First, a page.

online: 3 october 2005
modified: 3 october 2005

2 october 2005 design methods reviving

16:36 Looking up at the sky from indoors i see a layer of fluffy cloud moving south east and leaving behind it pure blue sky as if it were still summer...

And as i wrote that (the first digital diary entry to be written in this my new location) i was listening unenthusiastically to the repetitive mechanical beat of recorded music that is being transmitted through the conductive brick-and-concrete structure of this block of flats... Up to now i have felt that it is too silent here (behind double glass) but today i feel it's too noisy!

Both conditions are the unintended results of actions intended to improve life - prevention of heat loss, insulation from traffic noise, the reproduction of public music at home, and the construction of many dwellings in one block with shared walls, floors and ceilings. Hm.

To me all these are evidence of primitive design processes that fail to take account of unintended but predictable interactive effects of traffic, heating systems, fenestration, industrialised entertainment. housing construction, and the like... Nothing much has changed since the 1950s when this block of flats was built and when some of us were trying to devise more comprehensive and sensitive design processes.

Improvements like double glazing panels and better quality sound systems have appeared but the integration, interactions and 'side effects' of all such developments are, i believe, as neglected as before.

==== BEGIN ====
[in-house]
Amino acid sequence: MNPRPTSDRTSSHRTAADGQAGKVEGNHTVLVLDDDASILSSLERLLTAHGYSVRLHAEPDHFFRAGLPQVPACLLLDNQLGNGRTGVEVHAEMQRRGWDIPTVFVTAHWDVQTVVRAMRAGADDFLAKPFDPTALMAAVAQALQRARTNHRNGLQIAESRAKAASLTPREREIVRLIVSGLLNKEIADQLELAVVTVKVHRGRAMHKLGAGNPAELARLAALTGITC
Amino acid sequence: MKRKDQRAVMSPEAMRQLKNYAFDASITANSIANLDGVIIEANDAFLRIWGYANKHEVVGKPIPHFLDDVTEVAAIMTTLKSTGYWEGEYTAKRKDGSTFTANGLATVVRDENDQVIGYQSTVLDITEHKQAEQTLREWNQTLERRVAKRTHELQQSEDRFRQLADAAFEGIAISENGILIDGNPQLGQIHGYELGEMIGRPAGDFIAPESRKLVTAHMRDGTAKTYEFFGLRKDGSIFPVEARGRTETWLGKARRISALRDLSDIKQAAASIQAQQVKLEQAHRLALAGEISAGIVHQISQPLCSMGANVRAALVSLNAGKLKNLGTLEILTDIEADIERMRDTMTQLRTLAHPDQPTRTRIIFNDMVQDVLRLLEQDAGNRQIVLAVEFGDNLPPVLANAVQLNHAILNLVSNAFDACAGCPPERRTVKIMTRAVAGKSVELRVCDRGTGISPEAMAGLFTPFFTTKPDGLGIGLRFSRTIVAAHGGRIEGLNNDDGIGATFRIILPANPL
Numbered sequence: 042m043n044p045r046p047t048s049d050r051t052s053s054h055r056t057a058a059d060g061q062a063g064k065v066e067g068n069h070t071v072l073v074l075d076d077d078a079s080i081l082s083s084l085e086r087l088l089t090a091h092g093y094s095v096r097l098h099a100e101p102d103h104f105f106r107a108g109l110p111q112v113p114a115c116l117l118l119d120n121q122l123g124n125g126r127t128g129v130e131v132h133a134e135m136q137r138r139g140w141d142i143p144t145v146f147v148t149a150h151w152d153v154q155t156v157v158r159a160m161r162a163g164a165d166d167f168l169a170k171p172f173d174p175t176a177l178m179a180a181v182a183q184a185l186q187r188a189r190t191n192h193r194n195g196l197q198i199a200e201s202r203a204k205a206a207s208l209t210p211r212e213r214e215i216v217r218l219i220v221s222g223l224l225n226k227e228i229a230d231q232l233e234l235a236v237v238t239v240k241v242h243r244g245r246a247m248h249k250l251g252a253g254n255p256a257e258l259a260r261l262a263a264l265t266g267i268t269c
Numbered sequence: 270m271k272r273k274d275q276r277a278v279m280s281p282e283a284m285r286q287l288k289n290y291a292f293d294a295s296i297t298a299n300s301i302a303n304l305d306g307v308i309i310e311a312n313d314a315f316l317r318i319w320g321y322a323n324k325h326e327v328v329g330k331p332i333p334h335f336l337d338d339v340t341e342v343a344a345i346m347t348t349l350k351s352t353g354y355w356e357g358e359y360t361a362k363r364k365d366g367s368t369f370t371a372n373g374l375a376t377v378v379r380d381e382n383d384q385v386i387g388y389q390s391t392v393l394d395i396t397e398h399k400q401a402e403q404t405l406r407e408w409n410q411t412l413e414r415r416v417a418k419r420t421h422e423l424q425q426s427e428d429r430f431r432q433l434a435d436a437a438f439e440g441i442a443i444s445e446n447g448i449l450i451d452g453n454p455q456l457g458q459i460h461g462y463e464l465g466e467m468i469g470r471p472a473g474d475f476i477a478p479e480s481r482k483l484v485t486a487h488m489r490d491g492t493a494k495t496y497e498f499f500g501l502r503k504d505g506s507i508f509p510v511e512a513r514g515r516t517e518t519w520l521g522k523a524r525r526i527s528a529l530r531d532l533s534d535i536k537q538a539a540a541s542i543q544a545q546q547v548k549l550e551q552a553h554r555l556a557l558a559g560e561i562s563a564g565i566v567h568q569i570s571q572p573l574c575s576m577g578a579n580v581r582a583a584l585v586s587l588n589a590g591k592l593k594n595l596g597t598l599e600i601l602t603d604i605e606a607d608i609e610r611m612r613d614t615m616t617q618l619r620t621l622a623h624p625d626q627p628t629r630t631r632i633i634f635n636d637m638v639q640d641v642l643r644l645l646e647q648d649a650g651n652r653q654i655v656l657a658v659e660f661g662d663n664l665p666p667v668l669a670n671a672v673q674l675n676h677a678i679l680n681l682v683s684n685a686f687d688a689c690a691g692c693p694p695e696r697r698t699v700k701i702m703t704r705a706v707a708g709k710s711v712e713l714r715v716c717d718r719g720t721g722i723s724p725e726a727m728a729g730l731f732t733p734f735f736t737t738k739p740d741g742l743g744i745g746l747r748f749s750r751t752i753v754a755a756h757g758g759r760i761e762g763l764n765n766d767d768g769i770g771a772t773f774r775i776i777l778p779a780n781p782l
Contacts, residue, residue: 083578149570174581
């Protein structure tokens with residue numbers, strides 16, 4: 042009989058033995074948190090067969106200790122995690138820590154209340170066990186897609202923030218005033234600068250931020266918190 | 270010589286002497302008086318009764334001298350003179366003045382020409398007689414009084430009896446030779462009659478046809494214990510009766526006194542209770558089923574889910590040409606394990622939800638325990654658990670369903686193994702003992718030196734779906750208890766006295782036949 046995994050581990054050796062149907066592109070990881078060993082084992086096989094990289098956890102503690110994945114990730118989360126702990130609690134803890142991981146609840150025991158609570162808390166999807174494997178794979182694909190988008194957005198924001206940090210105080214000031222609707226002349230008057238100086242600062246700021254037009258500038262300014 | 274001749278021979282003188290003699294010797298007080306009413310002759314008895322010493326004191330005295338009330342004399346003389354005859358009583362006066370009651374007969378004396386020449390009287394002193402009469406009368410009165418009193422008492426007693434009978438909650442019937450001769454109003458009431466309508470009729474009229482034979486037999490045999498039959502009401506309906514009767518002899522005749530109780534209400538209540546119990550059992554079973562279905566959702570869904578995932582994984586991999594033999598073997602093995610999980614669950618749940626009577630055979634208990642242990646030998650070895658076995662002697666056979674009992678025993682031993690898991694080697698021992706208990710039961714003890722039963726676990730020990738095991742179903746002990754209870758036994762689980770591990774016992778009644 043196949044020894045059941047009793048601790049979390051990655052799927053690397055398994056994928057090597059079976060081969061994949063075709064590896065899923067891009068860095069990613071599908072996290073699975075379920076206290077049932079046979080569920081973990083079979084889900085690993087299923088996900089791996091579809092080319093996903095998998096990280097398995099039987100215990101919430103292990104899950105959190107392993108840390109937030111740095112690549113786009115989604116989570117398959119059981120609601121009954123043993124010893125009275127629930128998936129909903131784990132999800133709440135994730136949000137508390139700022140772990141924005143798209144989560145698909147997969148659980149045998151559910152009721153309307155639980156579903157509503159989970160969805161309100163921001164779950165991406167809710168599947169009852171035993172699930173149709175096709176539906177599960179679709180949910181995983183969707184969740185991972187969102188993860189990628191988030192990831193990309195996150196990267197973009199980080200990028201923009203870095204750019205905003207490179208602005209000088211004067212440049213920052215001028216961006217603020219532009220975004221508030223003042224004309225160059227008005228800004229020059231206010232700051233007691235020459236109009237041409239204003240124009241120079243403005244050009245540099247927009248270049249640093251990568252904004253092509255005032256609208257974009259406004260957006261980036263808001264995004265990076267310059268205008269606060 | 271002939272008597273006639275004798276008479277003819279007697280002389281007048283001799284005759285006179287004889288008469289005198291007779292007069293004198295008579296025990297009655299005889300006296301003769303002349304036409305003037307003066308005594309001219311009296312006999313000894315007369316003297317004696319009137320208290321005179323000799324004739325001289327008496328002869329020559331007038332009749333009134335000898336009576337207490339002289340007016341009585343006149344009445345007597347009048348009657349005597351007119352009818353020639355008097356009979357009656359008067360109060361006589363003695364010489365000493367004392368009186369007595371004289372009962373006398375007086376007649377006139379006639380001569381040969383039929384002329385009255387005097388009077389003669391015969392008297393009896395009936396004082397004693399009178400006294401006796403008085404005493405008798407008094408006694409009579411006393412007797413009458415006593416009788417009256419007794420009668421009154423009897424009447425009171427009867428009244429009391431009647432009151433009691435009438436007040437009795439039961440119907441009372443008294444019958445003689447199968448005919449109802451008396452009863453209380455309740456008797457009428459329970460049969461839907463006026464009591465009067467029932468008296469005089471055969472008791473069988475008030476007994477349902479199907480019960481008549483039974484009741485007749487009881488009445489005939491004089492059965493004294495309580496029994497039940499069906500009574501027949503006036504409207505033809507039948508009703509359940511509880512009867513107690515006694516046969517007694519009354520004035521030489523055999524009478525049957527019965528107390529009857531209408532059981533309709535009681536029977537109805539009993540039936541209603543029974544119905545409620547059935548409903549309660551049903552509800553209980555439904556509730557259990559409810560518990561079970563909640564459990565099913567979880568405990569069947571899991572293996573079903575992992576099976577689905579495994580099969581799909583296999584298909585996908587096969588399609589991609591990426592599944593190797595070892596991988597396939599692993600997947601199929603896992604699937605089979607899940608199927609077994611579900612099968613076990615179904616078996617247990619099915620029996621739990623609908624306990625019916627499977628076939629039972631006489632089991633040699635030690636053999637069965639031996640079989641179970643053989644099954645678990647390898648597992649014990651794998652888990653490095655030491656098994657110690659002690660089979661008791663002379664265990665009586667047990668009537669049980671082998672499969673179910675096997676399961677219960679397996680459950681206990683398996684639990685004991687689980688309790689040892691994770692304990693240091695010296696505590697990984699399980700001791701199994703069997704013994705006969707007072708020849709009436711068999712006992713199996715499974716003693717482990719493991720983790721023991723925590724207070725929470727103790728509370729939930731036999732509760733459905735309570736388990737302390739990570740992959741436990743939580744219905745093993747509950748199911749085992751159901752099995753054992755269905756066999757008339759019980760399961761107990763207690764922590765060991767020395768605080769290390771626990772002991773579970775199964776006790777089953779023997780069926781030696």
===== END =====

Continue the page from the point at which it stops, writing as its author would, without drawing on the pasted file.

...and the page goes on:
Pausing now (to see where this writing is going) i see that it is a revival of what i and a few others were attempting in the 1950s...

So I decide that it is timely to continue this attempt now only if it is directed at 'everyone' of us and not just at professionals - otherwise it will continue to be limited by the narrow roles which ruin (to my mind) the actions of specialists.

I notice also that in writing this piece i have reverted to abstract technical language... If i am to avoid the vast mistake of the industrialised past it must be in ordinary words that are more concrete and more easily understood and are less exclusive of our feelings.

With these resolves i look forward to a new and more integrated attempt at what i was doing 50 years ago - informed of course by the seemingly different (and more poetic) things that i was driven to attempt in the interval.


3 october:
Today i realise that this seemingly casual decision to revive design methods half a century later was a deeply felt response both to the design faults of my new habitat and to the failure of design methods to make an appreciable difference to what we used to call 'the quality of life'.

So now is the time to take this seriously - but also more cheerfully - and not to forget it, or to let it lapse, or to let it become tedious, tedious!

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